I believe that the manuscript is approaching the submission stage. Because MD simulations from the NMRlipids project are able to explain the differences in experimental order parameters between different lipids, thereby giving an interpretation of the lipid conformational ensembles, my current plan is to submit the manuscript to the ACS Central Science.

Most critical things to do before submission are related to the methods, see todo points in the manuscript and especially in the supplementary information. There are also some issues still open in the GitHub. All kind of comments on the manuscript are welcomed.


  1. An online meeting on finalizing the NMRlipids IVb manuscript will take place on Tuesday 12th of January starting at 11.00 AM CET in Zoom.

    If you are interested to join, send me email to get the meeting ID.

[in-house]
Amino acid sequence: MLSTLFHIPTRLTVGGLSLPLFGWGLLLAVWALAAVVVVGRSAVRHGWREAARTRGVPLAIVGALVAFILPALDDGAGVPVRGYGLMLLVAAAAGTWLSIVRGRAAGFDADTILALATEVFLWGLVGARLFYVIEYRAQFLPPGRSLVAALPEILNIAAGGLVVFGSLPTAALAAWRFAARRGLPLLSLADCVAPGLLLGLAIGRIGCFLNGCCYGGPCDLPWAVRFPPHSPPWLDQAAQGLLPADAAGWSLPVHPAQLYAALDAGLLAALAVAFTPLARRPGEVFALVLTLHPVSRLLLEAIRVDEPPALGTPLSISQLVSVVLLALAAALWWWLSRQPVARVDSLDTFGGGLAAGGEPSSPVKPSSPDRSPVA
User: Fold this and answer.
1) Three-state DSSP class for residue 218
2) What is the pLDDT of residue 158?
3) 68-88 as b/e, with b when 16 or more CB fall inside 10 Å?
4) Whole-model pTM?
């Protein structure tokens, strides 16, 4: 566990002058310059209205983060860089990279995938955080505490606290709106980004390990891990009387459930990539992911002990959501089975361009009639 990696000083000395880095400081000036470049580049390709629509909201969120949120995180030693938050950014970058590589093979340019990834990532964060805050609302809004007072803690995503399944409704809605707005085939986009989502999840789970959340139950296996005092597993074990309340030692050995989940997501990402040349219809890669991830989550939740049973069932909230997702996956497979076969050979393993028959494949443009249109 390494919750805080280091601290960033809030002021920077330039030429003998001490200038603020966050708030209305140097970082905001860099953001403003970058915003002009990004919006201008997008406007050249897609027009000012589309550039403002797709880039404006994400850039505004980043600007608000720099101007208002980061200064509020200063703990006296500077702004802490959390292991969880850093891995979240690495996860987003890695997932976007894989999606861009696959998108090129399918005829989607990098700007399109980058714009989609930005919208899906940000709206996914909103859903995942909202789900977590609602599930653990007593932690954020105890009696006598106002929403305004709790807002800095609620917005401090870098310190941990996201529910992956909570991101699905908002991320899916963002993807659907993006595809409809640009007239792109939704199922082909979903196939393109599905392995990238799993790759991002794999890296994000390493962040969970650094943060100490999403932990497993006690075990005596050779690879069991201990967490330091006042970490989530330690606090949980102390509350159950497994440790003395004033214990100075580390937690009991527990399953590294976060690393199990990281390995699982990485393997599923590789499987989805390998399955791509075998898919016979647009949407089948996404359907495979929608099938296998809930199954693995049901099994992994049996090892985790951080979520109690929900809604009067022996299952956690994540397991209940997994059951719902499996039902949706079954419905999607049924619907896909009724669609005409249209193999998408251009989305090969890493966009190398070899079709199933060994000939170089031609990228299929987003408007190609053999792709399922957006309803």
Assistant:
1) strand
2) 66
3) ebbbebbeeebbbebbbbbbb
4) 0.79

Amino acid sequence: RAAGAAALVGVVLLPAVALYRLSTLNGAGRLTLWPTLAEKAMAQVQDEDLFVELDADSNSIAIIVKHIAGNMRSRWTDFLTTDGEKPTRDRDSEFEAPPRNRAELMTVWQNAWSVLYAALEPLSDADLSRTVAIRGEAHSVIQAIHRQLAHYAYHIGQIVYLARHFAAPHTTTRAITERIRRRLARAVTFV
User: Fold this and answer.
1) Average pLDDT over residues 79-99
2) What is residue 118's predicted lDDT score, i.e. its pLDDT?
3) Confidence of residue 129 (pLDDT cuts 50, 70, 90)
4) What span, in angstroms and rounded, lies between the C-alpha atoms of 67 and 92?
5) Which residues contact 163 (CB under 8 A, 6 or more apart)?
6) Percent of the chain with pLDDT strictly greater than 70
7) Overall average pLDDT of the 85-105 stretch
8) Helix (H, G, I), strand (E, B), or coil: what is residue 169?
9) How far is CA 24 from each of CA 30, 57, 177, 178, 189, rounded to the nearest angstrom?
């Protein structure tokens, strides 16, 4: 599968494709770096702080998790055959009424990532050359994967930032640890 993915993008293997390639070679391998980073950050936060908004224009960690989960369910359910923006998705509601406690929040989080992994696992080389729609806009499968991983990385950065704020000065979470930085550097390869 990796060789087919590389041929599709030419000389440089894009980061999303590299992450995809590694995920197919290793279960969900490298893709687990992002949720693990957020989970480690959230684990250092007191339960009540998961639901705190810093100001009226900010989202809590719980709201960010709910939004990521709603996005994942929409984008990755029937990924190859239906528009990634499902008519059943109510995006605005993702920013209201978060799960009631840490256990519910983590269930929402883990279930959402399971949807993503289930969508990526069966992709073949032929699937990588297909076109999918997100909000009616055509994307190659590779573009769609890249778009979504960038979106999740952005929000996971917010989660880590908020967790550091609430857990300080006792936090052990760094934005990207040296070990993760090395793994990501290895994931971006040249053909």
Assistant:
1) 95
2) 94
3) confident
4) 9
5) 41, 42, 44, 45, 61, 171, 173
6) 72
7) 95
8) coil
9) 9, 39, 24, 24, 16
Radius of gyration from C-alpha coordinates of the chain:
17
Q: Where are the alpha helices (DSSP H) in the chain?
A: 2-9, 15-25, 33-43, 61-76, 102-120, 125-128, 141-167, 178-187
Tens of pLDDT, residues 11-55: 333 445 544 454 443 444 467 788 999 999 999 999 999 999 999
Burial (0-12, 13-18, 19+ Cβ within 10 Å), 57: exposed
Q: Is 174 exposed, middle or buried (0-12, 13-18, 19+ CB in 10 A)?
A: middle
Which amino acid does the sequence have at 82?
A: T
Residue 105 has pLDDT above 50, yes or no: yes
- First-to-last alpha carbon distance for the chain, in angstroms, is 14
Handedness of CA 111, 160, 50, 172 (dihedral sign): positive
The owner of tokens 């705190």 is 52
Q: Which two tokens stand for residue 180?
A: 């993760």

1. Here is the list of topics discussed in the meeting last week and some actions made based on those.

      1) We decided to keep the layout of figure 2 (at least for now). The polished figure is now updated in the manuscript. There are some further comments in the comments below and in Overleaf.

      2) Figure showing the comparison of ion binding affinity to PG containing membranes between different simulations and experiments is now moved to SI. The text has been modified accordingly, but may be still too technical.

      3) Markus Miettinen agreed to polish figures S4 and S5, also discussed in issues and